Partisan Asymmetry and American Governance: Somehow I Don't Think We Are in Wales Anymore, Daniel... Weblogging
The key thing that Daniel appears to miss is that low discipline on the part of the Democratic Party is not something that a thinking entity called "Democrats" chose, it is, rather, simply a fact about the world as it is.
Learned helplessness, strategic victimhood and … the Democrats: Recall, Obama’s whole strategy was based around abandoning all other priorities such as carbon tax, an effective stimulus bill, half his nominations, most of the financial sector reforms and so forth, all to concentrate on passing health care. And he only got about half of that - the version passed was something he’d specifically campaigned against as not being anything like radical enough. So given that, how are we to suppose that President Romney would be able to push through an agenda five times as radical, including the ultimate third-rail issue of abortion? You would have to believe that under a Democratic administration Congress is a sclerotic, obstructionist institution which prevents all possibility of effective government, but as soon as the Republicans get in it becomes a streamlined ideological machine.
Yes, Daniel, that is about how it works.
The problem is that there are different degrees of party loyalty in the Democratic and Republican coalitions. The Republicans are a party: they can be whipped--and are. Party loyalty, when the chips are down, trumps ideology and policy preferences. The Democrats are a themeless pudding: a blancmange, say. When the chips are down, Republican moderates like Snowe, Collins, Brown, Murkowski, Cochran, Bond, Lugar, and Grassley have voted with their party's leaders--even against their own policy proposals. But when the chips are down, Hagan, Johnson, Warner, Lieberman, Baucus, Webb, Nelson, McCaskill, and Carper have not--they have had to expensively negotiated into the Democratic policy line every time.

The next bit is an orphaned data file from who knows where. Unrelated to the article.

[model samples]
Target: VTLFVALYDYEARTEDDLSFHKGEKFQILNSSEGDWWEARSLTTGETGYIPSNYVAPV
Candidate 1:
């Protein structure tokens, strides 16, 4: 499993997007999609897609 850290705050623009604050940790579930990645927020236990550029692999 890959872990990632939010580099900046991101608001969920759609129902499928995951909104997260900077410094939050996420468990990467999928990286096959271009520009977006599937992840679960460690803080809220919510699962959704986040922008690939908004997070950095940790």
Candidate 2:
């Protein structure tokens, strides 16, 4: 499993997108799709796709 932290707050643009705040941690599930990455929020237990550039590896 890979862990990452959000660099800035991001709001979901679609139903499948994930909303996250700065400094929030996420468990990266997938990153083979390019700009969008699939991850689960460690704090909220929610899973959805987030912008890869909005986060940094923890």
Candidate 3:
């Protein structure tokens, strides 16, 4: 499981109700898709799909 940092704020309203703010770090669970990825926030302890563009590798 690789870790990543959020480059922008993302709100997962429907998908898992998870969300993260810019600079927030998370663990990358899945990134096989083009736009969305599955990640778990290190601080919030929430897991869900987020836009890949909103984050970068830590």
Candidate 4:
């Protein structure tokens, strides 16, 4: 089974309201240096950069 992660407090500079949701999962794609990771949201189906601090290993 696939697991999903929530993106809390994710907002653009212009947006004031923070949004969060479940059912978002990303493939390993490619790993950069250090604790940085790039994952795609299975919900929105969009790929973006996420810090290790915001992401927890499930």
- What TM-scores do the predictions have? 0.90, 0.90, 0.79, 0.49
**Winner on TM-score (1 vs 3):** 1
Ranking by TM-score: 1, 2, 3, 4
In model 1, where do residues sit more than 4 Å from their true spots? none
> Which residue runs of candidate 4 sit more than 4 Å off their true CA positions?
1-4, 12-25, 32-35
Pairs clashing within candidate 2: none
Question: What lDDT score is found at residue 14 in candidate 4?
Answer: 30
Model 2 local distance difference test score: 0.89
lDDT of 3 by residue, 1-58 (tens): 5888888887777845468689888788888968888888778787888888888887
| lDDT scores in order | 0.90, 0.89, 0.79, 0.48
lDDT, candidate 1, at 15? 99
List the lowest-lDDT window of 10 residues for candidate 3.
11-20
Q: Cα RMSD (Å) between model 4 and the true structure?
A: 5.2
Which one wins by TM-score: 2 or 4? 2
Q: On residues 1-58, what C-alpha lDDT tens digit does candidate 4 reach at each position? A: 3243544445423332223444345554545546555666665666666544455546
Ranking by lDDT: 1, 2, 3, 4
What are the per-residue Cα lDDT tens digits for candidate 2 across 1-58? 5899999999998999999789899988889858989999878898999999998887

As Norman Ornstein says about the difference in party loyalty between Republicans and Democrats in the Senate:
I think it reflects a deep cultural difference between the two parties in a host of different ways. And part of it is the Republican part. In the Republican Party, moderates and progresses were always a relatively small minority. They were there, they were significant, but they never made up more than 20, 25, 30% of the party. For the Democrats, the southern conservatives made up 50% or 40% from a very long period of time. And so there was a different sense of the importance and the power that those people had. Secondly, I do think there is simply a cultural difference. For Republicans, it’s almost more of a religion or a tribal identification than it is for Democrats.
That is sometimes really curious to see. Watch Olympia Snow get caught up in this the way that she did.
I worked with Olympia very closely on the campaign reform staff. She was under enormous pressure from McConnell and others. She stood fast.
Then you fast-forward to the aftermath of the Citizens United decision. What we worked on with Olympia, when campaign finance reform was floundering over the Republicans' insistence that if you are going to keep corporations out of the game, you need to freeze labor out too. Trying to find a common ground. So we came up with something that ended up being the Snow-Jeffords amendment--which was a way of keeping corporations and unions out of elections and communications when we are close to elections, all of that stuff. It passed the court when Sandra Day O’Connor was still there. It was the target, as much as anything in particular was, of Citizens United.